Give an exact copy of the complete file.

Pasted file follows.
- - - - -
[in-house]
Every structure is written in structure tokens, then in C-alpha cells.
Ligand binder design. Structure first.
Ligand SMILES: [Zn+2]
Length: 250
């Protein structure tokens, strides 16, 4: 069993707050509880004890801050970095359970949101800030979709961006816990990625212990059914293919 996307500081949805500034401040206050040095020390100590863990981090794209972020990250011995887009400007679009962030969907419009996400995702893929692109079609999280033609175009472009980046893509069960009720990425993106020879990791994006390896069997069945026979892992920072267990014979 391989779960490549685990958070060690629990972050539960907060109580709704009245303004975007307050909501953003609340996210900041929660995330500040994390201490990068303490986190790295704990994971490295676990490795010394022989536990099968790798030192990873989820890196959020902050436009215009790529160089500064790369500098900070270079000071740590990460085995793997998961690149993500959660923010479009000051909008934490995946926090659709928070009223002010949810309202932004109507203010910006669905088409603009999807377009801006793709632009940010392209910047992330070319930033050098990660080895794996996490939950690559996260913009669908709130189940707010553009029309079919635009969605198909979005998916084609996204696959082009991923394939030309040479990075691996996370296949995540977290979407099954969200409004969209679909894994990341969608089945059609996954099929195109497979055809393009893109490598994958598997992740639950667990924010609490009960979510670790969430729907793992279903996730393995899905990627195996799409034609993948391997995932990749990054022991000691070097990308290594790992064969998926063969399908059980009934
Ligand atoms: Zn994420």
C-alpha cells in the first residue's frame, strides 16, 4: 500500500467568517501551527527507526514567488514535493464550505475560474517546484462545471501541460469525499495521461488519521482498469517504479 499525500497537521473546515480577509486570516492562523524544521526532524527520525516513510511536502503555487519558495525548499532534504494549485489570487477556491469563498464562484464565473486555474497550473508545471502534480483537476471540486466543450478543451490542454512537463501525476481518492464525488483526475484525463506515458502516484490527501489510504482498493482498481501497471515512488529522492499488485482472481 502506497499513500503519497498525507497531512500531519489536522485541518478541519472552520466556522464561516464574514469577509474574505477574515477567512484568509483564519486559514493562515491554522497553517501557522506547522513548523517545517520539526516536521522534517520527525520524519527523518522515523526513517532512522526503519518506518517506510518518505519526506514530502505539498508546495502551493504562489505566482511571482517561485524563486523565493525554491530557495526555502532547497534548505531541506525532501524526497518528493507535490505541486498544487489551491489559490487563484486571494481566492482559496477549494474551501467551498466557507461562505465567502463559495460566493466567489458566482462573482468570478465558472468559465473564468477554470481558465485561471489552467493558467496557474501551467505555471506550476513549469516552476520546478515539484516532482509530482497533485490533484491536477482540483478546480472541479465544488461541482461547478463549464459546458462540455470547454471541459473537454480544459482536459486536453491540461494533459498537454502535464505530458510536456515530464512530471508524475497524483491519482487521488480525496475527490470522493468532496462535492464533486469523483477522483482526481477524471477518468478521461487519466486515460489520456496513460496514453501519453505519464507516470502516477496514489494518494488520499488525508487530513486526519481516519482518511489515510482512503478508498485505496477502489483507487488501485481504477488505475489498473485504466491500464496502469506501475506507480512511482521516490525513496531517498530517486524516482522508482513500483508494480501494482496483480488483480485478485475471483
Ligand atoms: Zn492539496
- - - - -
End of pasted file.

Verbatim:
[in-house]
Every structure is written in structure tokens, then in C-alpha cells.
Ligand binder design. Structure first.
Ligand SMILES: [Zn+2]
Length: 250
């Protein structure tokens, strides 16, 4: 069993707050509880004890801050970095359970949101800030979709961006816990990625212990059914293919 996307500081949805500034401040206050040095020390100590863990981090794209972020990250011995887009400007679009962030969907419009996400995702893929692109079609999280033609175009472009980046893509069960009720990425993106020879990791994006390896069997069945026979892992920072267990014979 391989779960490549685990958070060690629990972050539960907060109580709704009245303004975007307050909501953003609340996210900041929660995330500040994390201490990068303490986190790295704990994971490295676990490795010394022989536990099968790798030192990873989820890196959020902050436009215009790529160089500064790369500098900070270079000071740590990460085995793997998961690149993500959660923010479009000051909008934490995946926090659709928070009223002010949810309202932004109507203010910006669905088409603009999807377009801006793709632009940010392209910047992330070319930033050098990660080895794996996490939950690559996260913009669908709130189940707010553009029309079919635009969605198909979005998916084609996204696959082009991923394939030309040479990075691996996370296949995540977290979407099954969200409004969209679909894994990341969608089945059609996954099929195109497979055809393009893109490598994958598997992740639950667990924010609490009960979510670790969430729907793992279903996730393995899905990627195996799409034609993948391997995932990749990054022991000691070097990308290594790992064969998926063969399908059980009934
Ligand atoms: Zn994420």
C-alpha cells in the first residue's frame, strides 16, 4: 500500500467568517501551527527507526514567488514535493464550505475560474517546484462545471501541460469525499495521461488519521482498469517504479 499525500497537521473546515480577509486570516492562523524544521526532524527520525516513510511536502503555487519558495525548499532534504494549485489570487477556491469563498464562484464565473486555474497550473508545471502534480483537476471540486466543450478543451490542454512537463501525476481518492464525488483526475484525463506515458502516484490527501489510504482498493482498481501497471515512488529522492499488485482472481 502506497499513500503519497498525507497531512500531519489536522485541518478541519472552520466556522464561516464574514469577509474574505477574515477567512484568509483564519486559514493562515491554522497553517501557522506547522513548523517545517520539526516536521522534517520527525520524519527523518522515523526513517532512522526503519518506518517506510518518505519526506514530502505539498508546495502551493504562489505566482511571482517561485524563486523565493525554491530557495526555502532547497534548505531541506525532501524526497518528493507535490505541486498544487489551491489559490487563484486571494481566492482559496477549494474551501467551498466557507461562505465567502463559495460566493466567489458566482462573482468570478465558472468559465473564468477554470481558465485561471489552467493558467496557474501551467505555471506550476513549469516552476520546478515539484516532482509530482497533485490533484491536477482540483478546480472541479465544488461541482461547478463549464459546458462540455470547454471541459473537454480544459482536459486536453491540461494533459498537454502535464505530458510536456515530464512530471508524475497524483491519482487521488480525496475527490470522493468532496462535492464533486469523483477522483482526481477524471477518468478521461487519466486515460489520456496513460496514453501519453505519464507516470502516477496514489494518494488520499488525508487530513486526519481516519482518511489515510482512503478508498485505496477502489483507487488501485481504477488505475489498473485504466491500464496502469506501475506507480512511482521516490525513496531517498530517486524516482522508482513500483508494480501494482496483480488483480485478485475471483
Ligand atoms: Zn492539496